Gennusa & Piacun

Admiralty / Maritime Law

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Parasailing accidents: A summer vacation hazard

It's summer, and many Metairie families will be flocking to the Gulf Coast beaches from Biloxi to the Florida Panhandle. There's much fun to be had, from golfing to surfing and lying poolside drinking umbrella cocktails.

But there may be one beach activity to which your and your children should give a definite pass - parasailing.

Parasailing is popular, but possibly unsafe

Not counting the thousands of international parasailing operations around the globe, just in the United States and its territories, there are at least 238 parasailing operations in business. Together, their combined operations add up to more than a million parasailing flights — most of which go off without a hitch.

Of course, when you are flying 300 feet above the Gulf of Mexico, all you need is one thing to go wrong — a snapped towline, a broken carabiner, a strong gust of wind — to turn an afternoon of fun into the worst (if not last) day of your life.

An mostly unregulated industry

When you consider the regulatory oversight of the more mundane professions, e.g., the horticulture industry, it seems remiss that there is no federal oversight of the parasailing industry. In fact, those in the business are expected to self-monitor for safety. The problem is that while many reputable operators have protocols in place to prevent accidents on the water or in the air, there are also many others who don't.

In 2014, Florida passed Senate Bill 320 into law. It's known as the White-Miskell Act and is named for two women who lost their lives in separate parasailing accidents. But this law only requires weather logs to be kept and an insurance policy maintained and does little to cover equipment inspections. It also leaves the other states along the Gulf of Mexico unregulated.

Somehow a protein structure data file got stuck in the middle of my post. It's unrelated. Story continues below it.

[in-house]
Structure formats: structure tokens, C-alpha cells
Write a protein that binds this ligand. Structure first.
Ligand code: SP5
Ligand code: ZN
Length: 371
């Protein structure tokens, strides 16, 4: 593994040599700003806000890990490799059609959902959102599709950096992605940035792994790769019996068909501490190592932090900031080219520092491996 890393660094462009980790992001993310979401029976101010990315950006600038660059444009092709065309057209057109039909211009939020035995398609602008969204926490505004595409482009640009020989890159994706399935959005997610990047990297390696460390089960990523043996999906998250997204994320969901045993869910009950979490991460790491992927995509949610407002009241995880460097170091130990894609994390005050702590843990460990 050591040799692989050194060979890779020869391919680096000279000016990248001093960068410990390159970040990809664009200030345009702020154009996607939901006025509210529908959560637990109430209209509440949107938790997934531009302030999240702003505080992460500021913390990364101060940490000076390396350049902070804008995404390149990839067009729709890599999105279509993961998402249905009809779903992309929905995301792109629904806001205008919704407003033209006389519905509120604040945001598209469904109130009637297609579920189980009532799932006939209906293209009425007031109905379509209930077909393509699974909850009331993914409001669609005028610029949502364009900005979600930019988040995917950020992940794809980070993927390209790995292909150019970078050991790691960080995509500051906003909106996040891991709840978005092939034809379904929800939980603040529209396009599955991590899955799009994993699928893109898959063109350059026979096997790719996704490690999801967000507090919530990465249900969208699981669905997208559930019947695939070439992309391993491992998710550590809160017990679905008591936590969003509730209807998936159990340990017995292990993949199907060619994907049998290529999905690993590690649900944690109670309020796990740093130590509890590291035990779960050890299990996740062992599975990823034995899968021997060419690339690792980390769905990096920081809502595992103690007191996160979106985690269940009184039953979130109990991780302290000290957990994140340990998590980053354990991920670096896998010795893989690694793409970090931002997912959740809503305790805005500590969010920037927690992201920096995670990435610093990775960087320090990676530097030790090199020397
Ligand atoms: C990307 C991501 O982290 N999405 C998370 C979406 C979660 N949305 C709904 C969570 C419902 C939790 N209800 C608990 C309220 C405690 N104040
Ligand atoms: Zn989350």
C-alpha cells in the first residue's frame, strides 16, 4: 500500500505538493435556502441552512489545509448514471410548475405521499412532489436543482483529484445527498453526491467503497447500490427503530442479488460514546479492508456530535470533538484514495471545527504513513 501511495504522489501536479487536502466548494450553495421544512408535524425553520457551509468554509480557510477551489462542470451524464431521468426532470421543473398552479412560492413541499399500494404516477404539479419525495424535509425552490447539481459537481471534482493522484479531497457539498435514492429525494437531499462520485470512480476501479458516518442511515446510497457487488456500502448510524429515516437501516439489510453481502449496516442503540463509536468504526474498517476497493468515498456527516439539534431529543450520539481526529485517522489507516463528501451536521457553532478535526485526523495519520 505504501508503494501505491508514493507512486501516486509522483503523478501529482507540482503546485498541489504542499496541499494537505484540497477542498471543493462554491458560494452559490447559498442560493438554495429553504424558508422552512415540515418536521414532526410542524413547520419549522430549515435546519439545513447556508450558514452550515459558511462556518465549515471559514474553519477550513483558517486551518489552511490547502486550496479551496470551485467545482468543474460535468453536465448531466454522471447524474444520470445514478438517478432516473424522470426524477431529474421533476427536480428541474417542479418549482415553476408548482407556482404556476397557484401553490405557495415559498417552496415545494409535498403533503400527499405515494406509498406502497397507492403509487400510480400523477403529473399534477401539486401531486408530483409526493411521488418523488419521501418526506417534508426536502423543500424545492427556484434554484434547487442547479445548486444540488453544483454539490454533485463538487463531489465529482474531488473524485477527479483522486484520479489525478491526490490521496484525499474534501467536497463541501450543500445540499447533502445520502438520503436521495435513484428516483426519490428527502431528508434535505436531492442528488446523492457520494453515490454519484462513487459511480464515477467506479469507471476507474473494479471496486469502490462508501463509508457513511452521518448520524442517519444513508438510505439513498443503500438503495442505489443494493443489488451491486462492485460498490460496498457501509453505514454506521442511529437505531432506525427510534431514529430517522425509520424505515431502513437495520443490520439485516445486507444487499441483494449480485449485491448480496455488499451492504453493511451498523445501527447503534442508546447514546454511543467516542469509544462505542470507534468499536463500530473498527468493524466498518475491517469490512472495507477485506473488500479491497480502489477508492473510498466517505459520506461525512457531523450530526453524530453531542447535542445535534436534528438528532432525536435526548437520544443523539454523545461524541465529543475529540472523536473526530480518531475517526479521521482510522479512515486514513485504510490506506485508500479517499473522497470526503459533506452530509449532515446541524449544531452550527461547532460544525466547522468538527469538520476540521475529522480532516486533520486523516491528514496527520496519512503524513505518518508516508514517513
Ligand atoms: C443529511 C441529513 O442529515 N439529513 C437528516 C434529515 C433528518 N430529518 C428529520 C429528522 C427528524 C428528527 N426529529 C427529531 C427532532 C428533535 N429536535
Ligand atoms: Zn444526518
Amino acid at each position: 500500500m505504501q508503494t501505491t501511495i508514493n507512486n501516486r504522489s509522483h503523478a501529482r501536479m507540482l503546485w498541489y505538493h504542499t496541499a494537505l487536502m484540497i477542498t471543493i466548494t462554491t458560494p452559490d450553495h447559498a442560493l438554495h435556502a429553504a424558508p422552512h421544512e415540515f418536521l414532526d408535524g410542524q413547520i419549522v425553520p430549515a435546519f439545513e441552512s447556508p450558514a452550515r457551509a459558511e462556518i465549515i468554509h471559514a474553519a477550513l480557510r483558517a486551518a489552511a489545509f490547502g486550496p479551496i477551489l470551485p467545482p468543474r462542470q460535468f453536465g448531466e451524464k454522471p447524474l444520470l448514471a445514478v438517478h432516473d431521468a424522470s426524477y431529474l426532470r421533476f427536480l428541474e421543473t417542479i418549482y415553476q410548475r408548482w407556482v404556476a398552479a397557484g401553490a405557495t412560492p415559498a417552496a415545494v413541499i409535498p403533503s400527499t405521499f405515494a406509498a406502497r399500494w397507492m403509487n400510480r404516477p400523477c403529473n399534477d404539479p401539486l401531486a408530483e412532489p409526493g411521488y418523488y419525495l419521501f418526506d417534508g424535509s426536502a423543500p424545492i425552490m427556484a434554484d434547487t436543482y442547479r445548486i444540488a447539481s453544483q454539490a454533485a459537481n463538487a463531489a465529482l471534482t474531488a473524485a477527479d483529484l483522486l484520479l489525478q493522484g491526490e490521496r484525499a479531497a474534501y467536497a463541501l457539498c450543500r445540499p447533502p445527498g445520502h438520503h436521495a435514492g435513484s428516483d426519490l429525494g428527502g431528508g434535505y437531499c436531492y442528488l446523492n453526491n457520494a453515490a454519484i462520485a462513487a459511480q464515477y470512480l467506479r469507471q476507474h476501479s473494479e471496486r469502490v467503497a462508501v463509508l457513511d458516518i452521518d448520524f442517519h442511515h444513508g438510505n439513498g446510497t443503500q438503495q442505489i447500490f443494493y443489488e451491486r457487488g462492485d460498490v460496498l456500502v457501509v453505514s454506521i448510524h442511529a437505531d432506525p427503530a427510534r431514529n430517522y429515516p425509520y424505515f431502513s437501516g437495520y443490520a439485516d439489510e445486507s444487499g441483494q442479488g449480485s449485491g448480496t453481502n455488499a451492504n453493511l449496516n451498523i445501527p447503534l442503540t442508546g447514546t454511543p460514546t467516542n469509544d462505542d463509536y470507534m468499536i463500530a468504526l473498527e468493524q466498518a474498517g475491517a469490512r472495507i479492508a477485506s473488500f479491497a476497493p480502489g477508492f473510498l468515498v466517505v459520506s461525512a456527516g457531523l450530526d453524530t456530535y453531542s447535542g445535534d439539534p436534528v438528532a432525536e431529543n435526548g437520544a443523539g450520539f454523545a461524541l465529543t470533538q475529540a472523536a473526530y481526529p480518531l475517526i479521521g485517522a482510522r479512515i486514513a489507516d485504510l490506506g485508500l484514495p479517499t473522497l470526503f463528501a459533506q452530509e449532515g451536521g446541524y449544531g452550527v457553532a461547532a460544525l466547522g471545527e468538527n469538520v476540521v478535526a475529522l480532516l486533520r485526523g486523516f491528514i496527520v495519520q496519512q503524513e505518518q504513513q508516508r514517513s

Where the danger lies

Hitting the water from 300 feet in the air can be like slamming onto concrete from the same distance. Even when the canopy slows your descent, being entangled in the harness and unable to escape from the canopy can lead to drownings. The individual also could get caught up in a rip current and pulled out to sea.

Perhaps the most horrific fate for hapless flyers is for the canopy to disengage from the towline to the boat, sending the flyer dangerously aloft where they can slam into high-rise hotels, condos and power lines before crashing to the ground.

Be smart about summer beach activities

No one wants their family vacation to end in tragedy. If you plan on going parasailing this summer, make sure that the operator visually inspects the equipment before each trip. That includes the towline, harness and canopy. The operator also needs to check the radar weather conditions before the trip to make sure a squall isn't forming off the coast.

Those injured in a parasailing accident may decide to seek financial redress for their injuries and other damages.

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